April 15 will be here before you know it. Have you finished your taxes yet?
If you are like many Americans, you will procrastinate as long as you can. In fact, a survey by H&R Block found that almost 40 percent of all Americans in 2002-2003 waited until April to file their taxes, costing themselves $400 due to the mistakes made by rushing and last-minute changes.
Starting early is particularly important if you think you might owe the IRS. Calculating your taxes now does not mean you have to file before the deadline, but it does give you time to prepare for the results. If you find yourself owing taxes and are not sure how you will pay, consider the following:
• File on time. The penalty for failing to file on time is five percent per month of the balance owed. The IRS recommends filing your taxes even if you are unable to pay. If you truly can’t get it done by April 15, file for a four-month extension or submit an Offer in Compromise.
• Pay on time. The failure to pay on-time penalty is a half-percent of the balance due per month. You also will incur interest on the balance due.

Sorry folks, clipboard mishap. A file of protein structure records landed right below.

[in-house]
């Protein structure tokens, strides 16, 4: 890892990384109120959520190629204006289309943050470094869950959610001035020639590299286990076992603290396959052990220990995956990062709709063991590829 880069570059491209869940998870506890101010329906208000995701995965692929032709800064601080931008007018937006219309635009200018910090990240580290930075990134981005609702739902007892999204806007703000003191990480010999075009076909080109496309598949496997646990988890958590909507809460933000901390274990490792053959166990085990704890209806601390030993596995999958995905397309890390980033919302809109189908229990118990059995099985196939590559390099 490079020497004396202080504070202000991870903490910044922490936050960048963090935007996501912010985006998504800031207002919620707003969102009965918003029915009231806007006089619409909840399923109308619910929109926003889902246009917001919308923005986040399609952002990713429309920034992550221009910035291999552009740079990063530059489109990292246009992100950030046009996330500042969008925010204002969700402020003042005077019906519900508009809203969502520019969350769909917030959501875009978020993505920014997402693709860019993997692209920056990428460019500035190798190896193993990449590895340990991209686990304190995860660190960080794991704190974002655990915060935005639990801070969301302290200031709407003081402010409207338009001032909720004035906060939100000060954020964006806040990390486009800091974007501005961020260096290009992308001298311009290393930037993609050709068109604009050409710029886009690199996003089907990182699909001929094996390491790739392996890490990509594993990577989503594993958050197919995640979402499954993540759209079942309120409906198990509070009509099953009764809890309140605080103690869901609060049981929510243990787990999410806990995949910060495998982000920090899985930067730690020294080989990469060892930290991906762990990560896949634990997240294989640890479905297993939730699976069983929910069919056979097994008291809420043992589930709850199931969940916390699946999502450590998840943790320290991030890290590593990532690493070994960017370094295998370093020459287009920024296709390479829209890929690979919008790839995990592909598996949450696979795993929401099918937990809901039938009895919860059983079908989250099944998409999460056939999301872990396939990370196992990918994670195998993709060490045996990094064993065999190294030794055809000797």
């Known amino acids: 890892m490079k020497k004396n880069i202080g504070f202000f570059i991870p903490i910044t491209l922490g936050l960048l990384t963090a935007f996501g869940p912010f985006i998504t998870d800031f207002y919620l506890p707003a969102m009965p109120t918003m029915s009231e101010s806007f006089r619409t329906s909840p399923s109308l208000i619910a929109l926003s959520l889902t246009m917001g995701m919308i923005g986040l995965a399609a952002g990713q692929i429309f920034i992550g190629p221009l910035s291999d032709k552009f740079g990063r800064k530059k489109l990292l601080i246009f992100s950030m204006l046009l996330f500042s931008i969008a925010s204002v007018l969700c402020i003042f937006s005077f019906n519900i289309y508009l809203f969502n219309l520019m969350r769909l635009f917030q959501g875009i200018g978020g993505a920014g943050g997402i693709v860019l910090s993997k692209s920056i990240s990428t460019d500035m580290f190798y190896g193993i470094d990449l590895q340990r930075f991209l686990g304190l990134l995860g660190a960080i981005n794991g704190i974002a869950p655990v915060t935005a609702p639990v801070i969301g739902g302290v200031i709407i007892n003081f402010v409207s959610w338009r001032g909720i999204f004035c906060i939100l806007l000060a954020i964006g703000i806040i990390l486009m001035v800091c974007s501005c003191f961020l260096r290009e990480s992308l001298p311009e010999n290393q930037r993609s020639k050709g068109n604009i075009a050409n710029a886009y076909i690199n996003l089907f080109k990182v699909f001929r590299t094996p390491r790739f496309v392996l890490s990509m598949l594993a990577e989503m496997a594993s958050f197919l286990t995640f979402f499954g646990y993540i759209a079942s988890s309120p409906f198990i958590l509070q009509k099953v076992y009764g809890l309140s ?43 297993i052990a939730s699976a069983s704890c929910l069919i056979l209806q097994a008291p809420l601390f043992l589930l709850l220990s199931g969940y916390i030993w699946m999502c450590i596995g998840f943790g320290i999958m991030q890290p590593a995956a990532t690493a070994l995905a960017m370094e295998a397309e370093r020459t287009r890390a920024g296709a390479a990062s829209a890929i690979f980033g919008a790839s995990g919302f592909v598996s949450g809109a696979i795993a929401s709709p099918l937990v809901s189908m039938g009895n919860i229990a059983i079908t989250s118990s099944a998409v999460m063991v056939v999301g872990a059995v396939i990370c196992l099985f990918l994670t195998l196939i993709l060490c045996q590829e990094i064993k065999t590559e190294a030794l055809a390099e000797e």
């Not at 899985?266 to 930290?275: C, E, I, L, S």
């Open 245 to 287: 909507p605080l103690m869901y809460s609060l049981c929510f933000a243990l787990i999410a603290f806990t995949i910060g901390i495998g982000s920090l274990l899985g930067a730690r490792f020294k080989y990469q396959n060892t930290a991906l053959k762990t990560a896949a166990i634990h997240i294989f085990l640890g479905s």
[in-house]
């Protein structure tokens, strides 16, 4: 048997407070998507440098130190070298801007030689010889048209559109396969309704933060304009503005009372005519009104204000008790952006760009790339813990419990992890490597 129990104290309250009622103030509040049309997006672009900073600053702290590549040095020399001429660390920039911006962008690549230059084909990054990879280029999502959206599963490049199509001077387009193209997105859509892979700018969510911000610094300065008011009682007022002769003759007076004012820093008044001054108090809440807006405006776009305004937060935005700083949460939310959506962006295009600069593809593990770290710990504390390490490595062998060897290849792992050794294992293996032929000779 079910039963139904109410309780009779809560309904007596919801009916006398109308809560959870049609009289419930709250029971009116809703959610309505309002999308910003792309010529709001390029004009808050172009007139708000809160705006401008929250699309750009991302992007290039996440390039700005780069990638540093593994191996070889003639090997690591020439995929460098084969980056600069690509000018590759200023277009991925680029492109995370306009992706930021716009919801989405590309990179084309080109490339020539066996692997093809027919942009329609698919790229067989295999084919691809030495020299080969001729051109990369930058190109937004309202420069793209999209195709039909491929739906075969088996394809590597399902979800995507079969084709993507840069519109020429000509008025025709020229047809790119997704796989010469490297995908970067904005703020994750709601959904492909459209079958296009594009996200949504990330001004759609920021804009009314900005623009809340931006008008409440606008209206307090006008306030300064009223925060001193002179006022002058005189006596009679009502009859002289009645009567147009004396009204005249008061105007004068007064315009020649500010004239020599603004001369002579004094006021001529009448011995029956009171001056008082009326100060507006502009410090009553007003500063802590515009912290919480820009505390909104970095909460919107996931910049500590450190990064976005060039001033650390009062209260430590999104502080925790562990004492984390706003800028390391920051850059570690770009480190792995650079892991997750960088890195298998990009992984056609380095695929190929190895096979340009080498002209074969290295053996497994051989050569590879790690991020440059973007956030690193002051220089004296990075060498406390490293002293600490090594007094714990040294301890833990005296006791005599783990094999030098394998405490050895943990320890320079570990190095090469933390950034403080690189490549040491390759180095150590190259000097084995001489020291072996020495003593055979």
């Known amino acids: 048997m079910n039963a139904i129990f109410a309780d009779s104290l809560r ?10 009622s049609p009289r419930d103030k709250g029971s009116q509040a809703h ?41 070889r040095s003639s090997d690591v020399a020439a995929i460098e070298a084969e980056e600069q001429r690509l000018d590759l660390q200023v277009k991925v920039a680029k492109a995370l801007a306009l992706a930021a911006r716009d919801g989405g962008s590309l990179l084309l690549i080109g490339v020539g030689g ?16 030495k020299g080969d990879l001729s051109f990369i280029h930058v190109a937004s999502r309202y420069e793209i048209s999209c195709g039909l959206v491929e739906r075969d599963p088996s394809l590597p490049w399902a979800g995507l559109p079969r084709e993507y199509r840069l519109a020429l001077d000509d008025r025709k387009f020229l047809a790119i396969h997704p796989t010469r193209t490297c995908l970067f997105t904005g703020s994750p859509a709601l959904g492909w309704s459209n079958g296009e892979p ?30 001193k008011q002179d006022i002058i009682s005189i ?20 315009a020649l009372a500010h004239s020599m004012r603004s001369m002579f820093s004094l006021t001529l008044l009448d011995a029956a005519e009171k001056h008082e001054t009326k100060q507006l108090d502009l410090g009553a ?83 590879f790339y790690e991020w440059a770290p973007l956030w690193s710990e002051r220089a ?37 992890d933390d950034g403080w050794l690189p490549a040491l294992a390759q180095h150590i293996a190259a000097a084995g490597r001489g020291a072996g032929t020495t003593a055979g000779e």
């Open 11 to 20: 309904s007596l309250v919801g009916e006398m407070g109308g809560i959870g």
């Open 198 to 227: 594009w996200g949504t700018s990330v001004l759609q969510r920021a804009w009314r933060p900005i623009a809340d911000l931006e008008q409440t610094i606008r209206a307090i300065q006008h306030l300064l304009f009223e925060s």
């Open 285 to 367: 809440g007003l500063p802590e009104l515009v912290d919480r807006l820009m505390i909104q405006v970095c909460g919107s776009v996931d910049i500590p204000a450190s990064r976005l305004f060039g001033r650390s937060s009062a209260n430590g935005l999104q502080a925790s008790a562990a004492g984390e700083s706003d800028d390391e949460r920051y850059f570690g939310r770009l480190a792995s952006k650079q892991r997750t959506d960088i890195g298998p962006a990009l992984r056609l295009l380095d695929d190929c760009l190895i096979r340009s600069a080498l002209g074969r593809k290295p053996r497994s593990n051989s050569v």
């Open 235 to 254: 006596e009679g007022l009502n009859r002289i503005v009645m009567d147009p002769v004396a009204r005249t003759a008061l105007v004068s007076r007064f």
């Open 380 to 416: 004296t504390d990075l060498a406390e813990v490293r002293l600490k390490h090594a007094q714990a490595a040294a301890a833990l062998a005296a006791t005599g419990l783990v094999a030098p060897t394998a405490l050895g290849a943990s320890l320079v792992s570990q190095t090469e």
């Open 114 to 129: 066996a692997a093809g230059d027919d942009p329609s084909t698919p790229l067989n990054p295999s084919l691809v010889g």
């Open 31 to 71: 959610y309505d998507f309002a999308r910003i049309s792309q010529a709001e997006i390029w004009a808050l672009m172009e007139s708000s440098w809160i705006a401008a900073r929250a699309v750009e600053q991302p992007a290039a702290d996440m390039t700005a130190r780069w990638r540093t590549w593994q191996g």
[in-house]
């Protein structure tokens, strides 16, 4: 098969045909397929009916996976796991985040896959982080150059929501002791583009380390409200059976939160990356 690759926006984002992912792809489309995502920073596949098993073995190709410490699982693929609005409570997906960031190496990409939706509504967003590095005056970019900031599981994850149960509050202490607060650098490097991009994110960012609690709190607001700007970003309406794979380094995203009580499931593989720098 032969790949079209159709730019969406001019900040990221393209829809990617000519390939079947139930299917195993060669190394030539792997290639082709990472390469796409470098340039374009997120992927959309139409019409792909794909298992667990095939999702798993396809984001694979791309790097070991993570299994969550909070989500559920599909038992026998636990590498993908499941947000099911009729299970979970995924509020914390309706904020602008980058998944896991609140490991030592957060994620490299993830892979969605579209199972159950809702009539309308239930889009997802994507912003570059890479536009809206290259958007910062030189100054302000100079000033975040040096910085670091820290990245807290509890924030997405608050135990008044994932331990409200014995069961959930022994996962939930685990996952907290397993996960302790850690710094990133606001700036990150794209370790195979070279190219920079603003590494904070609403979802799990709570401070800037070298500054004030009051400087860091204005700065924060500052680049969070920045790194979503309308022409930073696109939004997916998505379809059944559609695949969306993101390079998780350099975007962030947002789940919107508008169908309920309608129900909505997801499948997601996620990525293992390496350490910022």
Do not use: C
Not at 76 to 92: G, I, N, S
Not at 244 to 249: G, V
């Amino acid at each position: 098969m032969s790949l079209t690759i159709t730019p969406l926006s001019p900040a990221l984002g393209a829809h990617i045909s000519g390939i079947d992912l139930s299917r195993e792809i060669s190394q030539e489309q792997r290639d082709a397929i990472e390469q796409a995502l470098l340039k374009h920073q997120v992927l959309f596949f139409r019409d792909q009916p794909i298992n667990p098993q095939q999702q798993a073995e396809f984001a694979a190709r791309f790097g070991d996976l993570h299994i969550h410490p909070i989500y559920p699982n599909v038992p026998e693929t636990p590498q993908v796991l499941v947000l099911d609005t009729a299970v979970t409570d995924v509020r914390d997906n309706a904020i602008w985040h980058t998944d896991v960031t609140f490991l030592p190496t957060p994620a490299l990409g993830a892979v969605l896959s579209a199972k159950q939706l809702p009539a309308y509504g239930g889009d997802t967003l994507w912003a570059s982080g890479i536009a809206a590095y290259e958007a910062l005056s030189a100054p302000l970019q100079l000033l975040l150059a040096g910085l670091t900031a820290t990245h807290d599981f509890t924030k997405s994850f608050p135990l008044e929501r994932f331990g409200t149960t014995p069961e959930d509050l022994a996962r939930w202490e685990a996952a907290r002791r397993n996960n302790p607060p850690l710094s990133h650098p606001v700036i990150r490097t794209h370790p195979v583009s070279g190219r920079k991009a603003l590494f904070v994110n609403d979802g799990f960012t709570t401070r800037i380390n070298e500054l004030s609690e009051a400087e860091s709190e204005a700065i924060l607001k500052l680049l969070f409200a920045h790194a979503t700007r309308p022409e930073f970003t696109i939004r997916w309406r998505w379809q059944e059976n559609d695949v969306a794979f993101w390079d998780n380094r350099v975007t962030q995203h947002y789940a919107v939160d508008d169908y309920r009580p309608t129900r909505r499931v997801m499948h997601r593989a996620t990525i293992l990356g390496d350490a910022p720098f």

• Start saving. By brown-bagging your lunch or reducing other daily expenses, you may be able to save as much as $100 per week. This would enable you to save more than $600 before the big day.
• Get help. There are many institutions — including the government — that will lend you the money for a price. To request a payment plan, complete Form 9465, Installment Agreement Request, and attach it to the front of your income tax return.
• Change your W-4. Contact your company’s personnel department to reduce the number of deductions you claim or have extra money withheld so that you won’t be hit with the same surprise next year.
According to the IRS, more than 1.2 million people paid their federal taxes by electronic funds withdrawal or credit card for 2003. Think long and hard before pulling out the plastic; the last thing you want to do is roll your tax bill into a revolving credit card balance that you will be paying on this time next year.